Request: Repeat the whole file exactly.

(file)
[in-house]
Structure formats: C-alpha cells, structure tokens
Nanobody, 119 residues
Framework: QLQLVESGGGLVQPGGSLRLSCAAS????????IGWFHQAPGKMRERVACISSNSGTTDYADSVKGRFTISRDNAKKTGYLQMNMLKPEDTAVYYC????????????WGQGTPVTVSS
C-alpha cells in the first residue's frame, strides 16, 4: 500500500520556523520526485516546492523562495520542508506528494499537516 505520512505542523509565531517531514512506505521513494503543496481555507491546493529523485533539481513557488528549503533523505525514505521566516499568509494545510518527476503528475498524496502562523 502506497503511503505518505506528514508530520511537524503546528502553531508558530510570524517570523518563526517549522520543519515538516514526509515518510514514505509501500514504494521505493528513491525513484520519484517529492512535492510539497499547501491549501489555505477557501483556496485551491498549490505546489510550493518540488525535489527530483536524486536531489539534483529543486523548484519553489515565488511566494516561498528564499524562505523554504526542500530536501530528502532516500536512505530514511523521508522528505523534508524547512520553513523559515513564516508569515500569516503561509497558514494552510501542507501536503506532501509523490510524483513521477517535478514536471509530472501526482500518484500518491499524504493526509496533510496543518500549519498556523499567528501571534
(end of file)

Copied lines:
[in-house]
Structure formats: C-alpha cells, structure tokens
Nanobody, 119 residues
Framework: QLQLVESGGGLVQPGGSLRLSCAAS????????IGWFHQAPGKMRERVACISSNSGTTDYADSVKGRFTISRDNAKKTGYLQMNMLKPEDTAVYYC????????????WGQGTPVTVSS
C-alpha cells in the first residue's frame, strides 16, 4: 500500500520556523520526485516546492523562495520542508506528494499537516 505520512505542523509565531517531514512506505521513494503543496481555507491546493529523485533539481513557488528549503533523505525514505521566516499568509494545510518527476503528475498524496502562523 502506497503511503505518505506528514508530520511537524503546528502553531508558530510570524517570523518563526517549522520543519515538516514526509515518510514514505509501500514504494521505493528513491525513484520519484517529492512535492510539497499547501491549501489555505477557501483556496485551491498549490505546489510550493518540488525535489527530483536524486536531489539534483529543486523548484519553489515565488511566494516561498528564499524562505523554504526542500530536501530528502532516500536512505530514511523521508522528505523534508524547512520553513523559515513564516508569515500569516503561509497558514494552510501542507501536503506532501509523490510524483513521477517535478514536471509530472501526482500518484500518491499524504493526509496533510496543518500549519498556523499567528501571534